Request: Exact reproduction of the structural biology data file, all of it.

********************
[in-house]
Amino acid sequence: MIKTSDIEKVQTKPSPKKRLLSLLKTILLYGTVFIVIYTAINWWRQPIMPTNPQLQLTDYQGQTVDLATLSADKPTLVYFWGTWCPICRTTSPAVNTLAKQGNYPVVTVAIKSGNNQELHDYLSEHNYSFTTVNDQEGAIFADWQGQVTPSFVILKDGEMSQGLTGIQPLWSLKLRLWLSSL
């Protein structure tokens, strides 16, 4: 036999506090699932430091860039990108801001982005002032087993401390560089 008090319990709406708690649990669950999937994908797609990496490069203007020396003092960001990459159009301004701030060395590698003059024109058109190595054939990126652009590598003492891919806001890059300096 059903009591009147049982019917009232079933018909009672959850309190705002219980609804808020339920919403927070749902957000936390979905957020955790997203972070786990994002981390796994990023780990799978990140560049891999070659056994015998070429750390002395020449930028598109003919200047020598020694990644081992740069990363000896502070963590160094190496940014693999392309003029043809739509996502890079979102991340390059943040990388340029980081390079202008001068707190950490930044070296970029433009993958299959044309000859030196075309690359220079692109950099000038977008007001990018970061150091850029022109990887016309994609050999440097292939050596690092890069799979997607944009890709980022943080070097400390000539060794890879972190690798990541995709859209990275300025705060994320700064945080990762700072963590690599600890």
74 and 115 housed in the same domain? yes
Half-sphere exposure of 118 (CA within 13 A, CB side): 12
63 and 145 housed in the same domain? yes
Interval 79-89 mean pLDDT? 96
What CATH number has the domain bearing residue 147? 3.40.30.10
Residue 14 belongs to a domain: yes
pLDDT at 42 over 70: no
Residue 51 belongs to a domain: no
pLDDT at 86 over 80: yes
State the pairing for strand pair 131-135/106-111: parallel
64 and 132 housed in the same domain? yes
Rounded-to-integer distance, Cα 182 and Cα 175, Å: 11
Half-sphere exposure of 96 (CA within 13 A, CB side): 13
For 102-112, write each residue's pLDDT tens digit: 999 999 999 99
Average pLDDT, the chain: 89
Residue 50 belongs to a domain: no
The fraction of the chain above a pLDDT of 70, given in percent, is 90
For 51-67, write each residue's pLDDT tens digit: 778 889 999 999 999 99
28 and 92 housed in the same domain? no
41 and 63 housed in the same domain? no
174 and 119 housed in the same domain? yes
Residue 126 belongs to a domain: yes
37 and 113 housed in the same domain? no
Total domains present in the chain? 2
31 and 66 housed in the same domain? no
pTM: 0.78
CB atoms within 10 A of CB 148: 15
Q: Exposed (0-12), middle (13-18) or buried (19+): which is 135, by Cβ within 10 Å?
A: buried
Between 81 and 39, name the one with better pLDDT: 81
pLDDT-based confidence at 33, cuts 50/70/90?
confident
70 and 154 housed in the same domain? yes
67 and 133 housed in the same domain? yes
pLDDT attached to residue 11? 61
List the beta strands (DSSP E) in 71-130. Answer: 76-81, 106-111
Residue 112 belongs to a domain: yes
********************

[in-house]
Amino acid sequence: MIKTSDIEKVQTKPSPKKRLLSLLKTILLYGTVFIVIYTAINWWRQPIMPTNPQLQLTDYQGQTVDLATLSADKPTLVYFWGTWCPICRTTSPAVNTLAKQGNYPVVTVAIKSGNNQELHDYLSEHNYSFTTVNDQEGAIFADWQGQVTPSFVILKDGEMSQGLTGIQPLWSLKLRLWLSSL
């Protein structure tokens, strides 16, 4: 036999506090699932430091860039990108801001982005002032087993401390560089 008090319990709406708690649990669950999937994908797609990496490069203007020396003092960001990459159009301004701030060395590698003059024109058109190595054939990126652009590598003492891919806001890059300096 059903009591009147049982019917009232079933018909009672959850309190705002219980609804808020339920919403927070749902957000936390979905957020955790997203972070786990994002981390796994990023780990799978990140560049891999070659056994015998070429750390002395020449930028598109003919200047020598020694990644081992740069990363000896502070963590160094190496940014693999392309003029043809739509996502890079979102991340390059943040990388340029980081390079202008001068707190950490930044070296970029433009993958299959044309000859030196075309690359220079692109950099000038977008007001990018970061150091850029022109990887016309994609050999440097292939050596690092890069799979997607944009890709980022943080070097400390000539060794890879972190690798990541995709859209990275300025705060994320700064945080990762700072963590690599600890």
74 and 115 housed in the same domain? yes
Half-sphere exposure of 118 (CA within 13 A, CB side): 12
63 and 145 housed in the same domain? yes
Interval 79-89 mean pLDDT? 96
What CATH number has the domain bearing residue 147? 3.40.30.10
Residue 14 belongs to a domain: yes
pLDDT at 42 over 70: no
Residue 51 belongs to a domain: no
pLDDT at 86 over 80: yes
State the pairing for strand pair 131-135/106-111: parallel
64 and 132 housed in the same domain? yes
Rounded-to-integer distance, Cα 182 and Cα 175, Å: 11
Half-sphere exposure of 96 (CA within 13 A, CB side): 13
For 102-112, write each residue's pLDDT tens digit: 999 999 999 99
Average pLDDT, the chain: 89
Residue 50 belongs to a domain: no
The fraction of the chain above a pLDDT of 70, given in percent, is 90
For 51-67, write each residue's pLDDT tens digit: 778 889 999 999 999 99
28 and 92 housed in the same domain? no
41 and 63 housed in the same domain? no
174 and 119 housed in the same domain? yes
Residue 126 belongs to a domain: yes
37 and 113 housed in the same domain? no
Total domains present in the chain? 2
31 and 66 housed in the same domain? no
pTM: 0.78
CB atoms within 10 A of CB 148: 15
Q: Exposed (0-12), middle (13-18) or buried (19+): which is 135, by Cβ within 10 Å?
A: buried
Between 81 and 39, name the one with better pLDDT: 81
pLDDT-based confidence at 33, cuts 50/70/90?
confident
70 and 154 housed in the same domain? yes
67 and 133 housed in the same domain? yes
pLDDT attached to residue 11? 61
List the beta strands (DSSP E) in 71-130. Answer: 76-81, 106-111
Residue 112 belongs to a domain: yes